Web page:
The Museum’s core exhibition, Behind the Screen, immerses visitors in the creative process of making moving images. It features over 1,400 artifacts, from nineteenth-century optical toys to video games, as well as an array of interactive experiences, audiovisual material, and artworks.
The Jim Henson Exhibition
Since 2017, the Museum is home to an ongoing exhibition devoted to Jim Henson’s creative process and career anchored by the acquisition of more than 400 artifacts from the family of Jim Henson. An exciting destination for visitors of all ages, the exhibition features historic puppets, original artwork, rare film and television footage, and interactive experiences. A traveling version of this exhibition has been hosted around the country. Find out more here.
The Museum presents an ambitious slate of large- and small-scale changing exhibitions, video and art installations, and unique live events. In the third-floor Changing Exhibitions Gallery, the Museum has hosted a range of exhibitions from Spacewar! Video Games Blast Off, an interactive exhibition on the occasion of the 50th anniversary of the first digital video game, to Envisioning 2001: Stanley Kubrick’s Space Odyssey, an in-depth exploration of Kubrick’s sci-fi masterpiece. It has also featured the work of artists like the Dutch-Belgian digital art duo JODI and the experimental filmmaker Phil Solomon. The Museum’s Amphitheater Gallery has been home to exhibitions and installations about the work of legendary Czech animator Jan Svankmajer, a history of the Astoria studio in Lights, Camera, Astoria!, and much more. In the Museum’s lobby, visitors have been greeted with video work by artists like Chiho Aoshima and Christopher Baker and installations on internet culture such as We Tripped El Hadji Diouf and The Reaction GIF: Moving Image as Gesture on the 50-foot-long Herbert S. Schlosser Media Wall.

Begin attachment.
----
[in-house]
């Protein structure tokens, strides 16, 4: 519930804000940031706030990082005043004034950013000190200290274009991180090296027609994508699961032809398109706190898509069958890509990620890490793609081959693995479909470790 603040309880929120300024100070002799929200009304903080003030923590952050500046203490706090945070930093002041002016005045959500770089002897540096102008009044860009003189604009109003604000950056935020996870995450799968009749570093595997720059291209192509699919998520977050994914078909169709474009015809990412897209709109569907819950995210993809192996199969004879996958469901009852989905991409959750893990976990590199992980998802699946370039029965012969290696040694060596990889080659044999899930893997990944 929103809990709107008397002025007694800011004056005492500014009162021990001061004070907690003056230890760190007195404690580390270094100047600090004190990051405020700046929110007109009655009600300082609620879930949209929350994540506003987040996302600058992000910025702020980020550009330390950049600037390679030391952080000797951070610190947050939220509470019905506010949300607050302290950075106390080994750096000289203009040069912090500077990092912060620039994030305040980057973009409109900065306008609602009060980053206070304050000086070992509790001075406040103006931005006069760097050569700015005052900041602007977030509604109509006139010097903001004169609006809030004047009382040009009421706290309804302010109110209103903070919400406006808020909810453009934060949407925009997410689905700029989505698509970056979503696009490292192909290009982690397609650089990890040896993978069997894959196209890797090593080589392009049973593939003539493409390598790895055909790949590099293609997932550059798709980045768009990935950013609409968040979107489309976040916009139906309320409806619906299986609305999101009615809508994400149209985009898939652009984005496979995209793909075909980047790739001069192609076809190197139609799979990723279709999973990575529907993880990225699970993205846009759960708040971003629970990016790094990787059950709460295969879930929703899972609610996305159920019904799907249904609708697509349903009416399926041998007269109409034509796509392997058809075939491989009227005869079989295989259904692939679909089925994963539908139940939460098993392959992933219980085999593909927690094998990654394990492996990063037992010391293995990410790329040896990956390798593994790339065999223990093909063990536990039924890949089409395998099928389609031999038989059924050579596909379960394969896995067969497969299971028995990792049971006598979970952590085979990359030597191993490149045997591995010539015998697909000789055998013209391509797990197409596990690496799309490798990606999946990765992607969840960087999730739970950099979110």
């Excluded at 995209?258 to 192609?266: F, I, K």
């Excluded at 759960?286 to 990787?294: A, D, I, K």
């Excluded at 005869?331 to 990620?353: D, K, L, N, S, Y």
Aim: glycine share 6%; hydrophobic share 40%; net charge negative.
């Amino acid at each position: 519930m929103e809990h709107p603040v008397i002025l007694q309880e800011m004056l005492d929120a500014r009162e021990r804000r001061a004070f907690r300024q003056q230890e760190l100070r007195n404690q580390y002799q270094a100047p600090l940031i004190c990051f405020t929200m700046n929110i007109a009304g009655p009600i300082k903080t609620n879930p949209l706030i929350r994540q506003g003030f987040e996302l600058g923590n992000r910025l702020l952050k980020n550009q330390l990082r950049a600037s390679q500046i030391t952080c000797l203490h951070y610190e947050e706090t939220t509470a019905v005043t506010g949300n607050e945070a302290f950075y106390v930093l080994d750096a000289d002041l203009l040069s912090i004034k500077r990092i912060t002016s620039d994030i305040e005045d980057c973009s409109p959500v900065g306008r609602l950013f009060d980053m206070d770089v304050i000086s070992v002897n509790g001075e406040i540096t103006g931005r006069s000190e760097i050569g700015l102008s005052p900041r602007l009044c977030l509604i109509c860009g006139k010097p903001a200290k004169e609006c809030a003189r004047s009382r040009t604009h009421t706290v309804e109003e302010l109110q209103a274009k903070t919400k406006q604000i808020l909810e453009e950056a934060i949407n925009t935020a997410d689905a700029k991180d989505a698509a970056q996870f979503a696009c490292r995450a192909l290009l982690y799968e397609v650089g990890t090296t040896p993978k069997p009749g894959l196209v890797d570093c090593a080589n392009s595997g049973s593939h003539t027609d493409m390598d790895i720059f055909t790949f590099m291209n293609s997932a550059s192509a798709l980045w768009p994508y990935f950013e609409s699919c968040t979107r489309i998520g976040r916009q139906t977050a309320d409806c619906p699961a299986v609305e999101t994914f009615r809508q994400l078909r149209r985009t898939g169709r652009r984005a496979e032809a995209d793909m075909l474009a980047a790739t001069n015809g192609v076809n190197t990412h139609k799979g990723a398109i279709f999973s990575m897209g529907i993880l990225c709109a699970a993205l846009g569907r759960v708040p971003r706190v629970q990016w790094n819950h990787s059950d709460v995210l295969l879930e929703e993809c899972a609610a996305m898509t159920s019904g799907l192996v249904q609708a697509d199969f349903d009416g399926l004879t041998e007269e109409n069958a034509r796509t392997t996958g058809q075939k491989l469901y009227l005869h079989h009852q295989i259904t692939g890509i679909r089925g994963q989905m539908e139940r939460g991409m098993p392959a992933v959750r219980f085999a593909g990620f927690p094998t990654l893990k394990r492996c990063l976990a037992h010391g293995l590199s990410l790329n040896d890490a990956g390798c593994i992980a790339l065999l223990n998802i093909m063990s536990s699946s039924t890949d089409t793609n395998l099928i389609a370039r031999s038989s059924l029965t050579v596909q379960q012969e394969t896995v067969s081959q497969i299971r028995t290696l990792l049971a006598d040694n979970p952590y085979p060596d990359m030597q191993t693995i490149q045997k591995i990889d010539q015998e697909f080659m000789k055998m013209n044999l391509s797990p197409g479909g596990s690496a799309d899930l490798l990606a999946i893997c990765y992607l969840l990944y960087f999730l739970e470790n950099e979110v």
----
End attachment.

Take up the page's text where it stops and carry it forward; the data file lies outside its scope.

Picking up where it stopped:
The Museum’s curriculum-based education programs are an unparalleled resource for elementary, middle- and high-school students and their teachers. Many student visitors are from the New York City public schools and surrounding area, though the Museum regularly provides programs for students traveling from around the country and around the world. Through guided tours of its exhibitions, educational screening programs, and hands-on workshops, the Museum serves approximately 70,000 students each year in the Ann and Andrew Tisch Education Center. The Museum also offers professional development seminars and workshops for teachers, and after-school programs that develop academic and technical skills. The Museum serves thousands more children, teens, and families in weekend and summer studios, workshops, design jams, courses, and camps.
Through collaborations, co-presentations, and partnerships, the Museum engages with local residents, local businesses, and community organizations on year-round diverse programming. Community engagement is vital to the Museum’s mission of creating a more equitable, inclusive museum experience. Learn more.